Ed, you're talking about RDA as conceived (at least partly) but not as
implemented. I was talking about AACR, which is what informed MARC.
Since RDA as conceived cannot be implemented in MARC, we're in a bit of
a no man's land - we really don't know how we would implement RDA/RDA
and not RDA/MARC.
Also note that although RDA does "allow" distinct elements in some
cases, and even identifiers, it has not defined its elements in a
machine-actionable way.* This is why there is a group working on making
extent machine-actionable. RDA as a cataloging code != RDA as a data
structure. And what always boggles my mind is that RDA was declared
"finished" without any implementation plan. How can it be "done" if you
can't use it to create the data the rules allow?
Your statement that "the fault is not in our cataloging code but in
ourselves" should be "the fault is in our cataloging code and in
ourselves" because "we" created the cataloging code.
* The reason behind this was that the developers of RDA wanted it to be
"technology neutral." But instead it is "technology blind." Stating that
a data element is a date and must follow a standard date format is not
favoring any particular technology. Yet allowing nearly all fields to be
represented, optionally, with strings *is* a technological decision -
technologically hostile, actually.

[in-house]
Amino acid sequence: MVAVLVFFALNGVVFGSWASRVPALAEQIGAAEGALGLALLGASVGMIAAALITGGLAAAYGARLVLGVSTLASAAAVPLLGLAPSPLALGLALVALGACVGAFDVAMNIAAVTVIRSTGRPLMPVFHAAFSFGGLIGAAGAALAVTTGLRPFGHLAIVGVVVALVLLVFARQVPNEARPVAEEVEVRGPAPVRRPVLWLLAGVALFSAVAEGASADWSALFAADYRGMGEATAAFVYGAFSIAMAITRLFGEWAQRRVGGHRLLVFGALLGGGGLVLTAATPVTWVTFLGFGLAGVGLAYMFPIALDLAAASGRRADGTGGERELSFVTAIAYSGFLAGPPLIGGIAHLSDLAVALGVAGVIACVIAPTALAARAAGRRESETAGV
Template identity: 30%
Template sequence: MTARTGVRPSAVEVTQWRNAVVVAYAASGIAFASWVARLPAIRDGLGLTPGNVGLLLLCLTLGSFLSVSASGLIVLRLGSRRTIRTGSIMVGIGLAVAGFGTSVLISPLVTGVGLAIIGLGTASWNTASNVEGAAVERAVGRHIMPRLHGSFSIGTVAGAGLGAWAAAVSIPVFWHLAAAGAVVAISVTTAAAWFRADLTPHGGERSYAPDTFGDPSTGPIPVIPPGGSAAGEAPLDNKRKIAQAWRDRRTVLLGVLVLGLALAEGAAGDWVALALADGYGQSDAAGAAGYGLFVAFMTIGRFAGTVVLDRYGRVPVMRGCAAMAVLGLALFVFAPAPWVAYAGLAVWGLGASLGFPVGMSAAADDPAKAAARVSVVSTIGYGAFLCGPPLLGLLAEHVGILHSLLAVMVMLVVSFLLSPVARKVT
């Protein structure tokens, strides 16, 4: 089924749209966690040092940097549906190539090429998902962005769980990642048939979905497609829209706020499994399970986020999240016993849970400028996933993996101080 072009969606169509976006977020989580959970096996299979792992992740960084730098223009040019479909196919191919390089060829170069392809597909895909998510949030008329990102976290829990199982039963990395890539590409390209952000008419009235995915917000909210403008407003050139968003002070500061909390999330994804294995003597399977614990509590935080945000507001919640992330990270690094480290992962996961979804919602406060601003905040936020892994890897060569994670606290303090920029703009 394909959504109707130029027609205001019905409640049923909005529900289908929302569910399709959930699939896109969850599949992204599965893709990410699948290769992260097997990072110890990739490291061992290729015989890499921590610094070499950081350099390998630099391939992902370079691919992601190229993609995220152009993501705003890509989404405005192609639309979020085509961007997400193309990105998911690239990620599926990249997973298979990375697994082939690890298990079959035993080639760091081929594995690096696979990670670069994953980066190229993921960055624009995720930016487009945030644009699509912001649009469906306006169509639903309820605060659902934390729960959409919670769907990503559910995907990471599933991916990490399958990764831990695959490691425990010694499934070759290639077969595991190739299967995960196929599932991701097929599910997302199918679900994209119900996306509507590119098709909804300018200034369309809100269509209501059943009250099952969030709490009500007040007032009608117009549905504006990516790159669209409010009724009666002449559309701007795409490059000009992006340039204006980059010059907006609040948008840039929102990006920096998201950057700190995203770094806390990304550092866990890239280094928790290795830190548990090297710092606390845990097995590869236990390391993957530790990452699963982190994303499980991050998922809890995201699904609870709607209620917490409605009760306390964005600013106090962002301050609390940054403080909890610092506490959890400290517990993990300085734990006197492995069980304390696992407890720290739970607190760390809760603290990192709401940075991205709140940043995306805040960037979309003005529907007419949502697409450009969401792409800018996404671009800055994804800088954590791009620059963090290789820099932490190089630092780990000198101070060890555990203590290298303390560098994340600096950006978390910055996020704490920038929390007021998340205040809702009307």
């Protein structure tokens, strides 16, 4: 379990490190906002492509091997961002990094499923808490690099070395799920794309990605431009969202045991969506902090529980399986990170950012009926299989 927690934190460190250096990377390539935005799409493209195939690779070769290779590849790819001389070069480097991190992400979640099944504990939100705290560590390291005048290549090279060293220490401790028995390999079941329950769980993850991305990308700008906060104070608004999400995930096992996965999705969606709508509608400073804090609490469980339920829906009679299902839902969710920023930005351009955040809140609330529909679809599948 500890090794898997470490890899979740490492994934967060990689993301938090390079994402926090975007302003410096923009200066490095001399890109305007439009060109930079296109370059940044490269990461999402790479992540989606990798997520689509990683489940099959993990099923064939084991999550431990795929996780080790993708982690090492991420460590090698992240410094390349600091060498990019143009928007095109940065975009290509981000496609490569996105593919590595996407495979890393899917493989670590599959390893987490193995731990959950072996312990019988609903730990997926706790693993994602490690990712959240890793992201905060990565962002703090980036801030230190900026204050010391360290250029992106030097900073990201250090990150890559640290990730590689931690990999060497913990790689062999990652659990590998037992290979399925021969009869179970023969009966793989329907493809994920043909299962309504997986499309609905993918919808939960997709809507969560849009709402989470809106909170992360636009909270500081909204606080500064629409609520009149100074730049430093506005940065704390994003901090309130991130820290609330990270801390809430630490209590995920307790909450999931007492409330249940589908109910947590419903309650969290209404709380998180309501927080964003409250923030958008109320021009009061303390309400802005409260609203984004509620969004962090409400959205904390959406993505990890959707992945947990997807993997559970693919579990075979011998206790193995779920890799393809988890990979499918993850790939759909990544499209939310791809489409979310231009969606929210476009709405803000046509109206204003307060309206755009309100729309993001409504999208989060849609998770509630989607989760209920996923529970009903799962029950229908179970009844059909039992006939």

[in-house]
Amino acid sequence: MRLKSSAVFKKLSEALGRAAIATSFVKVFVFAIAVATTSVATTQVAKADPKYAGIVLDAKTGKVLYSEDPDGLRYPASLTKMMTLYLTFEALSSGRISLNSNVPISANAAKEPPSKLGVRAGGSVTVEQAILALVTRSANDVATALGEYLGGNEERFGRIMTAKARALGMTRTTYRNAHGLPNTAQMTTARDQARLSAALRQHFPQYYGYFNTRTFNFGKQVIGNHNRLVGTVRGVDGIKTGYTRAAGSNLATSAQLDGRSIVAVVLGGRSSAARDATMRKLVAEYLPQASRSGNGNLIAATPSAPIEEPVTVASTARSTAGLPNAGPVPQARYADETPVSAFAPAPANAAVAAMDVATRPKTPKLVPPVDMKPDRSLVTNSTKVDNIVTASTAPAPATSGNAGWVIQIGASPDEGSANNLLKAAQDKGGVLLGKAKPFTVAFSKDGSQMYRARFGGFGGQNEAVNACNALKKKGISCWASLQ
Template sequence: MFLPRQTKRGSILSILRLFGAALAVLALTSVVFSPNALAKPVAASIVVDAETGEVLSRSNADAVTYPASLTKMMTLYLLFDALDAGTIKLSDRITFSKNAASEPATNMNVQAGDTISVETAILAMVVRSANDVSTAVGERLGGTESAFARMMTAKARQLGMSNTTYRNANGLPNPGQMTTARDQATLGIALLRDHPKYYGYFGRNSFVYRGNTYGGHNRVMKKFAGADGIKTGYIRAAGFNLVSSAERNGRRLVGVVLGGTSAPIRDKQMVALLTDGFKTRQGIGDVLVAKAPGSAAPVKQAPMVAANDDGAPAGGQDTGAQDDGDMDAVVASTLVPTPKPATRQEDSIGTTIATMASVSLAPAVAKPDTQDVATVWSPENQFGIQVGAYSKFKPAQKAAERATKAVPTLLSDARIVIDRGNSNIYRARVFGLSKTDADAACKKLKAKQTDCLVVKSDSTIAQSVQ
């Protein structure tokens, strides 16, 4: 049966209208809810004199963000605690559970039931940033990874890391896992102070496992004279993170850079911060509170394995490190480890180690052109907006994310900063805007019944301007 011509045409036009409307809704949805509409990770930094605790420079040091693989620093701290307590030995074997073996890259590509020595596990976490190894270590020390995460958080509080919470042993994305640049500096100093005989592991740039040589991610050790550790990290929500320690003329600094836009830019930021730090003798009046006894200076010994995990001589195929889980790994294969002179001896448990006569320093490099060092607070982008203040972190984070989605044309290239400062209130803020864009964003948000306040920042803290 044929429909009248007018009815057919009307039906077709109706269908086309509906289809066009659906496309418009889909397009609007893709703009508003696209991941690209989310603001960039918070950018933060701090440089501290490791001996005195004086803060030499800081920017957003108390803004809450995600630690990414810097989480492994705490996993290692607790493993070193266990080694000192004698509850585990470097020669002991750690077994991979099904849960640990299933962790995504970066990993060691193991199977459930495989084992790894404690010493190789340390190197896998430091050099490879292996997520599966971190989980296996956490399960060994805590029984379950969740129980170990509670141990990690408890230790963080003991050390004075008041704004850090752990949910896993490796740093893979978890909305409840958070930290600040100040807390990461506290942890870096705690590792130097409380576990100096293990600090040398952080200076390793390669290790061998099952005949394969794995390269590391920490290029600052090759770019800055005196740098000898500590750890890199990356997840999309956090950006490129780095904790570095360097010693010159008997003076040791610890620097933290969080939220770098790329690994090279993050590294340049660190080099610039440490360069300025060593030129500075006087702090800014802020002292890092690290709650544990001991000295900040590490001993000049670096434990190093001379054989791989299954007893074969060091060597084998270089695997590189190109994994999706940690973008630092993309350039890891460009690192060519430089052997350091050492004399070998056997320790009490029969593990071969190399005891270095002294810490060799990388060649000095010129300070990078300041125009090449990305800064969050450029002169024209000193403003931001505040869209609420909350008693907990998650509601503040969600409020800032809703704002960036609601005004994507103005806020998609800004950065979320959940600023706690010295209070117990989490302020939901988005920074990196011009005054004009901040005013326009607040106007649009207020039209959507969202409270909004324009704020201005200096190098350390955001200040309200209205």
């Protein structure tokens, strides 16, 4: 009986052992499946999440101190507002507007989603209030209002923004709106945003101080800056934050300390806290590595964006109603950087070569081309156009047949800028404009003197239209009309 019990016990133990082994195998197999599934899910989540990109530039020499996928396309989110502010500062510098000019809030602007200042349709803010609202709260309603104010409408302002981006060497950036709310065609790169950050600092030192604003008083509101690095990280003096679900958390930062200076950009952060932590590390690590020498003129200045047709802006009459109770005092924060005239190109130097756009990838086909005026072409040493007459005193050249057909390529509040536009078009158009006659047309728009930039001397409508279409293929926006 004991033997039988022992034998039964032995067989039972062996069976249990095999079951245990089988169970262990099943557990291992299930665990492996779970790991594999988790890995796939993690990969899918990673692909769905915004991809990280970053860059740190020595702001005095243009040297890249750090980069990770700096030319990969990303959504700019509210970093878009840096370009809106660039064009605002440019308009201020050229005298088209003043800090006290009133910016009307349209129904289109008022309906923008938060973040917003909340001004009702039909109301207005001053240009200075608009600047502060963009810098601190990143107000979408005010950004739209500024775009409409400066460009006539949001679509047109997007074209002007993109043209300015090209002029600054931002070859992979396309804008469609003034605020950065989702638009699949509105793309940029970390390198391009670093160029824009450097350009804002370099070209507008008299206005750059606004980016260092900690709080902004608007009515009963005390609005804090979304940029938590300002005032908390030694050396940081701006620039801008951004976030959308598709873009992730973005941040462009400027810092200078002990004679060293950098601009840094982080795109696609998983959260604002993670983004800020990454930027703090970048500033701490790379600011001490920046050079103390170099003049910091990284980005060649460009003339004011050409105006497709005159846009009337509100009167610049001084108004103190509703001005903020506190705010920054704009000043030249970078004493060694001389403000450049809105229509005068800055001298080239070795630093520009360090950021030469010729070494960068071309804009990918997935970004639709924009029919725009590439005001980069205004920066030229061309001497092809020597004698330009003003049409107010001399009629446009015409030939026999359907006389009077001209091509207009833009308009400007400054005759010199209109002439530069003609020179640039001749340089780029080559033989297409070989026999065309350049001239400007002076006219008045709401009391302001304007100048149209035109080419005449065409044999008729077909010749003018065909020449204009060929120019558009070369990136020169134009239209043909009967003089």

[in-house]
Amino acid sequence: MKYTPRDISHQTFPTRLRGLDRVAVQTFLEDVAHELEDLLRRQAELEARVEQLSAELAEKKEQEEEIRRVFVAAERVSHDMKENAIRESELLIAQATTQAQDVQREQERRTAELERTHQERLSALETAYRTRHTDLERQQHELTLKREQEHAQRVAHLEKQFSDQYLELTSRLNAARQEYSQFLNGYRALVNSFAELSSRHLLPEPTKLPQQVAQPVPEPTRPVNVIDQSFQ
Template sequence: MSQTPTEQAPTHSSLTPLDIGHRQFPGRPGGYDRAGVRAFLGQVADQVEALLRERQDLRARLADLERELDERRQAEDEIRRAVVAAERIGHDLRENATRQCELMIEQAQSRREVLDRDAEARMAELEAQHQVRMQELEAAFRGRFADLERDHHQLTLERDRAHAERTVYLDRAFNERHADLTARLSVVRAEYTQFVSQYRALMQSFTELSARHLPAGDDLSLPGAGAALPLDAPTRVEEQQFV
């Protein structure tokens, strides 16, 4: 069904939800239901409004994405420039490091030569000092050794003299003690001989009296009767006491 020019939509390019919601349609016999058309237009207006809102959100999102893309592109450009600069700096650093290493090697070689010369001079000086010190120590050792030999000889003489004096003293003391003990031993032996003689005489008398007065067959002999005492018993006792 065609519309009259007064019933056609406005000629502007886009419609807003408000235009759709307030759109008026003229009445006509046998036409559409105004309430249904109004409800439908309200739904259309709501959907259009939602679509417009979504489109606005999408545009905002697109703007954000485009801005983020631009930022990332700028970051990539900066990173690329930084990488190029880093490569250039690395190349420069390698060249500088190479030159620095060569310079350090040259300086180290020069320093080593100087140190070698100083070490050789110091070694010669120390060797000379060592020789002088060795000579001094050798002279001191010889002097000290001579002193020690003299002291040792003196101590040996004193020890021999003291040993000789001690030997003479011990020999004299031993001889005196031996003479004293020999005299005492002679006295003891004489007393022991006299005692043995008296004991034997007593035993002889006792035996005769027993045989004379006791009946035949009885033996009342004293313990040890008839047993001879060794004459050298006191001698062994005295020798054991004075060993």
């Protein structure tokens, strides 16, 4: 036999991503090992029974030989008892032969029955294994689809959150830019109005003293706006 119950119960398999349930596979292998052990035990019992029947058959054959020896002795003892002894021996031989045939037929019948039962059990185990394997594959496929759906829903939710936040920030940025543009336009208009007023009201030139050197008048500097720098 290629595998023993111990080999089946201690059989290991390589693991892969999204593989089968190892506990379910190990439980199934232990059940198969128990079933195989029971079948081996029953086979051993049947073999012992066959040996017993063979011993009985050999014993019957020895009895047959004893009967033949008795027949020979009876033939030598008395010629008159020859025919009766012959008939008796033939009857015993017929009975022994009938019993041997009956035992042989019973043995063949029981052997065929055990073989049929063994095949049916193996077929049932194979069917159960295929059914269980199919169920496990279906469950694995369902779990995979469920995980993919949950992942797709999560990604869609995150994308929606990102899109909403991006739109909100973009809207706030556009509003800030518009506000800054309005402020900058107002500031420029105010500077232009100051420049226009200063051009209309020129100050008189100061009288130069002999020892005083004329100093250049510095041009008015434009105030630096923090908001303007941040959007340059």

On 9/16/14, 5:38 PM, Ed Jones wrote:
> The fault is not in our cataloging code but in ourselves. RDA treats frequency as a distinct element (2.14), and requires a note only when an appropriate term is unavailable. The terms at RDA 188.8.131.52 correspond to the codes available in the MARC bibliographic format (008/18), and even more elaborate coded frequency data can be stored in the MARC holdings format. Rather, the proliferation of notes is often a result of implementation decisions, and these are often informed by the perceived capabilities of existing machine systems. For example, there is no reason that codes could not have been developed for the plethora of relationship designators in RDA appendices I-L, but instead we supply the terms verbatim (and in English) from RDA. Likewise with the carrier, media, and content types; for the first two, coded equivalents were already in existence for the most part, so the text recorded (in English) in fields 337 and 338 is often redundant with coded values already present in 007/00-01. I, for one, would be happy to see notes yield to coded data whenever possible, if only to save keystrokes.
> Ed Jones
> Associate Director, Library Assessment and Technical Services
> National University Library
> 9393 Lightwave Avenue
> San Diego, California 92123-1447
> +1 858 541 7920 (voice)
> +1 858 541 7997 (fax)
> -----Original Message-----
> From: Bibliographic Framework Transition Initiative Forum [mailto:[log in to unmask]] On Behalf Of Karen Coyle
> Sent: Monday, September 15, 2014 11:33 PM
> To: [log in to unmask]
> Subject: Re: [BIBFRAME] Literal Properties vs Notes
> Frequency is a good example of the mess that we have today in AACR-type cataloging. There is a way to code frequency as a calculable value in the MARC holdings record. That should suffice and there should be no need for a note field if the value is provided. But notes are "notes" because they are uncontrolled strings created by the cataloger. Where other data in the record are either transcribed strings or controlled headings, notes are neither. But the notes ARE required by the cataloging rules.
> This is evidence, to me, of the gap between the cataloging rules and the actual practice of creating machine-readable catalog records. AACR does not recognize that coded data (e.g. MARC fixed fields) exists.